The government reported that housing starts dropped 6 percent from the best pace of the year to a still-solid rate of 1.9 million units on a seasonally adjusted annual basis in September. Meanwhile, issuance of new permits, which can be an indication of future building activity, rose 1.8 percent to an over 2 million-unit rate, and the number of permits that have been issued but not yet used rose to the highest level since the 1970s.
"Builders would have started more homes last month, but just took a rain-check in a lot of cases," said Bobby Rayburn, president of the NAHB. "In fact, given all the weather-related issues in September, today's report is pretty encouraging. We're in good shape heading into the fourth quarter."
The 6 percent drop in nationwide housing starts was largely attributable to a 27 percent decline in the storm-weary Northeast, where lingering precipitation saturated many building sites. Starts also declined 4.6 percent in the Midwest, 8 percent in the West, and 1 percent in the South - a region that includes hurricane-battered Florida but also other less-affected states. On the single-family side, starts fell 8.2 percent, but on the multifamily side they rose 4.7 percent.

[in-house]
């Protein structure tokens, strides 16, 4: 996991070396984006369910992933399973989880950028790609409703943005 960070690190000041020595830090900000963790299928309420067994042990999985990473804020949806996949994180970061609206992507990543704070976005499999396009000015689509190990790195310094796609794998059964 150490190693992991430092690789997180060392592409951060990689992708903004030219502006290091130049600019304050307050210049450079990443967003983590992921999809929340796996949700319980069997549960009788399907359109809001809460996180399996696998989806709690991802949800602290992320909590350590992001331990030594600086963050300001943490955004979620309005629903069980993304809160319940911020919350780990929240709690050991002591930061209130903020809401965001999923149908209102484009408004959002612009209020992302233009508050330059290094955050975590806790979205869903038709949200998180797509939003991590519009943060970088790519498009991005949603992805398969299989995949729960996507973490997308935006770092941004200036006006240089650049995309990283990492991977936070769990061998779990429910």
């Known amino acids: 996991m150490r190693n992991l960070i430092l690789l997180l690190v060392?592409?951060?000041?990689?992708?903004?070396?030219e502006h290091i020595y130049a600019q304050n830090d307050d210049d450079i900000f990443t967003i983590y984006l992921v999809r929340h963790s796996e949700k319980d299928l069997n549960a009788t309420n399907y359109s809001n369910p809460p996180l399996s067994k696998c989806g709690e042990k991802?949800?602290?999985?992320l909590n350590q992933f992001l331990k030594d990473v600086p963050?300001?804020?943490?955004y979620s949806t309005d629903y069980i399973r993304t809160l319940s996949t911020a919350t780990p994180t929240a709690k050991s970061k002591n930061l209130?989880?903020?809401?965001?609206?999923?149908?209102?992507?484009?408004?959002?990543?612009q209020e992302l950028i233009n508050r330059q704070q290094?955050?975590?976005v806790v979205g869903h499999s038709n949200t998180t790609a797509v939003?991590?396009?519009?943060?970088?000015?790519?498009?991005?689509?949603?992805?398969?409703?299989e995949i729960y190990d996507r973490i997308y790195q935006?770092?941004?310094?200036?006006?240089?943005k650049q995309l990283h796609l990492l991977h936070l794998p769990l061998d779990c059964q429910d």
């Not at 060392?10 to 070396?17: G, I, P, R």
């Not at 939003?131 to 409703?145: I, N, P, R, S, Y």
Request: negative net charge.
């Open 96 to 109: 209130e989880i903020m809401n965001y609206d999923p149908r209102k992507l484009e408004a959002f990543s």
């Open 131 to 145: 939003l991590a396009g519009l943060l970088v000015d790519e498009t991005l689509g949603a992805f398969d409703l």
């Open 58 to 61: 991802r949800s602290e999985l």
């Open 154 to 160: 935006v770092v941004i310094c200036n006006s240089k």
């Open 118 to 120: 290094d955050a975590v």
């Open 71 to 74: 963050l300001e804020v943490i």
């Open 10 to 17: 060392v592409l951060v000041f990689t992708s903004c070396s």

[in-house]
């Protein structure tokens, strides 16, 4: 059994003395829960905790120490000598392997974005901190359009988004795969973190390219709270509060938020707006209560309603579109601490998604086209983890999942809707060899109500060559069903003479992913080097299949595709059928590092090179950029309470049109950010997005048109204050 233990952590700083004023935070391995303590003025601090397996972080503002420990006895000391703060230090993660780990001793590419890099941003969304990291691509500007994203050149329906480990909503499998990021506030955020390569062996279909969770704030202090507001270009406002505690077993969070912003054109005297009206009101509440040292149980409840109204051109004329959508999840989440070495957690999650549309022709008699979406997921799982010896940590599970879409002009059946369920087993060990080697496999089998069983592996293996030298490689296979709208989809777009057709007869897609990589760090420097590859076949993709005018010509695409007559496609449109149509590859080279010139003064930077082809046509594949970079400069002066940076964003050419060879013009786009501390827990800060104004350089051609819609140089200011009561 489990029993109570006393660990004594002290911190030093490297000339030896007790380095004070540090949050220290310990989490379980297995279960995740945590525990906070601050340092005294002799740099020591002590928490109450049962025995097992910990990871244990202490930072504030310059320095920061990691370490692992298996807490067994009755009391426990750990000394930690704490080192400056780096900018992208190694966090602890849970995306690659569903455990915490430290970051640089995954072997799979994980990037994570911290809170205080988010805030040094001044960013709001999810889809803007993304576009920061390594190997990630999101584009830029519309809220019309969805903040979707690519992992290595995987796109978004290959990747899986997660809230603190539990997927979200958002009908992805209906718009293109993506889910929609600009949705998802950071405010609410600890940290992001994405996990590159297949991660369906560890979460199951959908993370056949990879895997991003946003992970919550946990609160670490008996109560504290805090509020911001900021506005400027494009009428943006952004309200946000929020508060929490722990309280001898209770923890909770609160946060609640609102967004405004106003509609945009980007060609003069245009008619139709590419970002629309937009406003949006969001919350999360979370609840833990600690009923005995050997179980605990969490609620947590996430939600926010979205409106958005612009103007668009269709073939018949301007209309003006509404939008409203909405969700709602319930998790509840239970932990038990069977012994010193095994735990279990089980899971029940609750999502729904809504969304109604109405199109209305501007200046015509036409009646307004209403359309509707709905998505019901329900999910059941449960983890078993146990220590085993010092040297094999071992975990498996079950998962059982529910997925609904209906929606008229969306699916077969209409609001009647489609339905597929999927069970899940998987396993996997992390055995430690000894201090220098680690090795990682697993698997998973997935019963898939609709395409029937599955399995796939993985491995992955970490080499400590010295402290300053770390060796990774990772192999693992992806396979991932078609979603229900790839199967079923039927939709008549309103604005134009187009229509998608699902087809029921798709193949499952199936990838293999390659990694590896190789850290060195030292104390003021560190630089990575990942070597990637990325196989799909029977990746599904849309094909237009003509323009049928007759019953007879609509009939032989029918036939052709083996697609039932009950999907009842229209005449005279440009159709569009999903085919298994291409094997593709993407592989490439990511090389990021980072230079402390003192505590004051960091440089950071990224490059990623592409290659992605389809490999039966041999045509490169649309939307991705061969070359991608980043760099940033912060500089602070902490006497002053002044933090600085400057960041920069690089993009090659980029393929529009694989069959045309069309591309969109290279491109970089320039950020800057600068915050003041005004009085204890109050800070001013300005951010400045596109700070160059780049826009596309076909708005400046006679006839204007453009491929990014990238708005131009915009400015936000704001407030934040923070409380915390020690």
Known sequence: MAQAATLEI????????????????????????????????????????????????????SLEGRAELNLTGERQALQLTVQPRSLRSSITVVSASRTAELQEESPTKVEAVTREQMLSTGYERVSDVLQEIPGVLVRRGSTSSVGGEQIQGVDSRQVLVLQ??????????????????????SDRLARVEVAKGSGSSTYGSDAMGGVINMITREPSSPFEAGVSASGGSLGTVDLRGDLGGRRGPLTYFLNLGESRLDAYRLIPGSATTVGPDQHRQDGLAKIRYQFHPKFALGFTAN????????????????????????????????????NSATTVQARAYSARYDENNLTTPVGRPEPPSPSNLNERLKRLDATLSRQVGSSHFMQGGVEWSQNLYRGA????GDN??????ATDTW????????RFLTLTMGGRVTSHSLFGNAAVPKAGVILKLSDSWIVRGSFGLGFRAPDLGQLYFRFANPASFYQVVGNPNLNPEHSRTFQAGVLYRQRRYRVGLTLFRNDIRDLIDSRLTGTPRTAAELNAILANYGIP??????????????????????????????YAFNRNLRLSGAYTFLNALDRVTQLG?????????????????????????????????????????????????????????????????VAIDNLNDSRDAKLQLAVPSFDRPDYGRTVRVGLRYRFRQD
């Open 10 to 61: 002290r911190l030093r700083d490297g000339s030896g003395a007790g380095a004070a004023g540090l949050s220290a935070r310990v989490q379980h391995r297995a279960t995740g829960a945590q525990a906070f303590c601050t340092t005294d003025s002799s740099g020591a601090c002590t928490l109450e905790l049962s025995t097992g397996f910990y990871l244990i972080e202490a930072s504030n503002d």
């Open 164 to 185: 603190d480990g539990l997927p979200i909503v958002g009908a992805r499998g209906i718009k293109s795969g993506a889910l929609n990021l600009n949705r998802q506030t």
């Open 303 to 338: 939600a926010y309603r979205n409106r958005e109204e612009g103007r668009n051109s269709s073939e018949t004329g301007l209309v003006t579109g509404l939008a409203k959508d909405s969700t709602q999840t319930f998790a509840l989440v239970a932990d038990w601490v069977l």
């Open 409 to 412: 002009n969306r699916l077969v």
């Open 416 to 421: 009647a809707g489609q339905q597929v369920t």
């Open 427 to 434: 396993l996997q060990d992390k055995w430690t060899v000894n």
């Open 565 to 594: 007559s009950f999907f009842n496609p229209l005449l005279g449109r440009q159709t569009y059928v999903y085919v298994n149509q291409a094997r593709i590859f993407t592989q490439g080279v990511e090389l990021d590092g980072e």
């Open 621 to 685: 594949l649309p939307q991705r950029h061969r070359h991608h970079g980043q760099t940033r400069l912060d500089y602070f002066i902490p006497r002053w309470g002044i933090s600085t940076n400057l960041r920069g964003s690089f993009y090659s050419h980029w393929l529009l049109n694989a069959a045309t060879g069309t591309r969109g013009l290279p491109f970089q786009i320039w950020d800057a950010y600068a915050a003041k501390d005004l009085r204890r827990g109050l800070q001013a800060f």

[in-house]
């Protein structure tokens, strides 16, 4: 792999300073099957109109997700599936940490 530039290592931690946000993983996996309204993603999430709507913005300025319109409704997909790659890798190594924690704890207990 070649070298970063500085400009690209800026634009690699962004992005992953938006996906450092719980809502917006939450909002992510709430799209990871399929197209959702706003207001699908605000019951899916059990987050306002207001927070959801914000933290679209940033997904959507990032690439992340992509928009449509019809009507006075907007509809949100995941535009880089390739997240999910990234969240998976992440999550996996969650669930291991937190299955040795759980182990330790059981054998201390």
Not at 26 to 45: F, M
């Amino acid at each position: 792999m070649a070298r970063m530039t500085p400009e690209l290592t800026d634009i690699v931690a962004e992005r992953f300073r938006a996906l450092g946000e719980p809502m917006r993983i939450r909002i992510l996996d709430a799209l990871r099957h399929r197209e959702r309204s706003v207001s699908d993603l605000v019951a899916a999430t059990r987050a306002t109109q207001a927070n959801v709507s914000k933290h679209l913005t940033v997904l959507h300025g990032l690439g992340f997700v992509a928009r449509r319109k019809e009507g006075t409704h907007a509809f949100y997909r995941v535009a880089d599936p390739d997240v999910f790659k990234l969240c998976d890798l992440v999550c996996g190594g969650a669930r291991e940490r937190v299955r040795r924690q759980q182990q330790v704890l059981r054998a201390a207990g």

Meanwhile, building permits for single-family homes held firm at the previous month's level, and permits for multifamily units gained 8.2 percent. Regionally, every part of the country reported gains in permits except the West, which had a 1.3 percent decline.
Publication date: 10/18/2004